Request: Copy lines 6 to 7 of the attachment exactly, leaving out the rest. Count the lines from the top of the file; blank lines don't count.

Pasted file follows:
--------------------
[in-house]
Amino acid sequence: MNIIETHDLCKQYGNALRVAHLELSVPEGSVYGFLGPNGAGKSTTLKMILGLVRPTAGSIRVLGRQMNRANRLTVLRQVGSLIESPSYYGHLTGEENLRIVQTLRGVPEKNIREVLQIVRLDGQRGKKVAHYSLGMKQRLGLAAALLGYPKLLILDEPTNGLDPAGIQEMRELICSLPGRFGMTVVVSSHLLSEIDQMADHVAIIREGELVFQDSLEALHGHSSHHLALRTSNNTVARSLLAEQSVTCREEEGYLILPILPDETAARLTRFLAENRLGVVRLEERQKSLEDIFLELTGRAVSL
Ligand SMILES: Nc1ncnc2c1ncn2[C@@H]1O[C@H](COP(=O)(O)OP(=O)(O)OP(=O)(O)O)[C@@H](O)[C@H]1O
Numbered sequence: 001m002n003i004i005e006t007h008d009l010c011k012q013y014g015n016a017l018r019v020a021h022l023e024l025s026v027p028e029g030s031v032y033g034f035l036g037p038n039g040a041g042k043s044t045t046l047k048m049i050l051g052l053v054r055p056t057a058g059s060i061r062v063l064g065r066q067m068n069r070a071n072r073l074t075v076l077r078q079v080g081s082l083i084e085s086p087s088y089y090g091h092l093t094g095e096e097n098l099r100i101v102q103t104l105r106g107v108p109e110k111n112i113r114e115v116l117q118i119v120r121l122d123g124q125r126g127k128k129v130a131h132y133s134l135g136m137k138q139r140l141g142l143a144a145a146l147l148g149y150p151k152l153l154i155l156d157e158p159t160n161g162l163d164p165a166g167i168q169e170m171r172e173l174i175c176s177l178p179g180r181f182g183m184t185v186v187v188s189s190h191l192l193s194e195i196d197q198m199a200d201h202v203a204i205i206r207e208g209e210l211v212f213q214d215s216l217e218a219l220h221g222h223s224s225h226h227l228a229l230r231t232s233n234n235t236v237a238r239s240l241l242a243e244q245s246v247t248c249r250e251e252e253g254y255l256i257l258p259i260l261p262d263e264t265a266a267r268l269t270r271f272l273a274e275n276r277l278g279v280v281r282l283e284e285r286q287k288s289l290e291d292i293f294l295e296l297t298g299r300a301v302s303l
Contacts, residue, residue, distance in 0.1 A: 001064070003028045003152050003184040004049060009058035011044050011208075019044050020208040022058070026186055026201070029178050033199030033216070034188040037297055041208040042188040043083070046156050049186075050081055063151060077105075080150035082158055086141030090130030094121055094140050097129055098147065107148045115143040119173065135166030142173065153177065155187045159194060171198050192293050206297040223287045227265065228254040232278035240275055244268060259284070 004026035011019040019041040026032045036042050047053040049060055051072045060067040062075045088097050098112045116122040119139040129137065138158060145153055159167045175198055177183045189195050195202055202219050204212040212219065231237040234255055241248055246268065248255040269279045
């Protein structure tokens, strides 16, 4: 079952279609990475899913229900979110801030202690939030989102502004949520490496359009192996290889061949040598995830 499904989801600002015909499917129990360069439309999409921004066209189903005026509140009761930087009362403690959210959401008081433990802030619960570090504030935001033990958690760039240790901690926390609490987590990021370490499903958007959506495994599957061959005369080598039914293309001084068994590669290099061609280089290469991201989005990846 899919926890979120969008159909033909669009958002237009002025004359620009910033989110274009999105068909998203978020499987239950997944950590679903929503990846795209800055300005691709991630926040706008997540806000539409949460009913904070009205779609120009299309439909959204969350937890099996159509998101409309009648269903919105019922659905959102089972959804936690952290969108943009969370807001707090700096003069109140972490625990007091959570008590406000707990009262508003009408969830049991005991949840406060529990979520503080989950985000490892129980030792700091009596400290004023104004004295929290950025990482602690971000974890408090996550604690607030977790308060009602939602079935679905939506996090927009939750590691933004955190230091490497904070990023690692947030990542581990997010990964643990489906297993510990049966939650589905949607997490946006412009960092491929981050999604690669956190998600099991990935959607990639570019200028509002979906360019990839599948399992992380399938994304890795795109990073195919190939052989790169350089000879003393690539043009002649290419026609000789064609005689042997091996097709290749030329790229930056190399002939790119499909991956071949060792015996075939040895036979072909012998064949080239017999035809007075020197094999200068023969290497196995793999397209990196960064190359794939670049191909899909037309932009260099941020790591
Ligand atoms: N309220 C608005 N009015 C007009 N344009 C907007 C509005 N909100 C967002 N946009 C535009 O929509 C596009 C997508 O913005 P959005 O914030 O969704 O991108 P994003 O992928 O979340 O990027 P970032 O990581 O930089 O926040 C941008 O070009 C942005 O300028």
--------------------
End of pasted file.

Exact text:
């Protein structure tokens, strides 16, 4: 079952279609990475899913229900979110801030202690939030989102502004949520490496359009192996290889061949040598995830 499904989801600002015909499917129990360069439309999409921004066209189903005026509140009761930087009362403690959210959401008081433990802030619960570090504030935001033990958690760039240790901690926390609490987590990021370490499903958007959506495994599957061959005369080598039914293309001084068994590669290099061609280089290469991201989005990846 899919926890979120969008159909033909669009958002237009002025004359620009910033989110274009999105068909998203978020499987239950997944950590679903929503990846795209800055300005691709991630926040706008997540806000539409949460009913904070009205779609120009299309439909959204969350937890099996159509998101409309009648269903919105019922659905959102089972959804936690952290969108943009969370807001707090700096003069109140972490625990007091959570008590406000707990009262508003009408969830049991005991949840406060529990979520503080989950985000490892129980030792700091009596400290004023104004004295929290950025990482602690971000974890408090996550604690607030977790308060009602939602079935679905939506996090927009939750590691933004955190230091490497904070990023690692947030990542581990997010990964643990489906297993510990049966939650589905949607997490946006412009960092491929981050999604690669956190998600099991990935959607990639570019200028509002979906360019990839599948399992992380399938994304890795795109990073195919190939052989790169350089000879003393690539043009002649290419026609000789064609005689042997091996097709290749030329790229930056190399002939790119499909991956071949060792015996075939040895036979072909012998064949080239017999035809007075020197094999200068023969290497196995793999397209990196960064190359794939670049191909899909037309932009260099941020790591
Ligand atoms: N309220 C608005 N009015 C007009 N344009 C907007 C509005 N909100 C967002 N946009 C535009 O929509 C596009 C997508 O913005 P959005 O914030 O969704 O991108 P994003 O992928 O979340 O990027 P970032 O990581 O930089 O926040 C941008 O070009 C942005 O300028």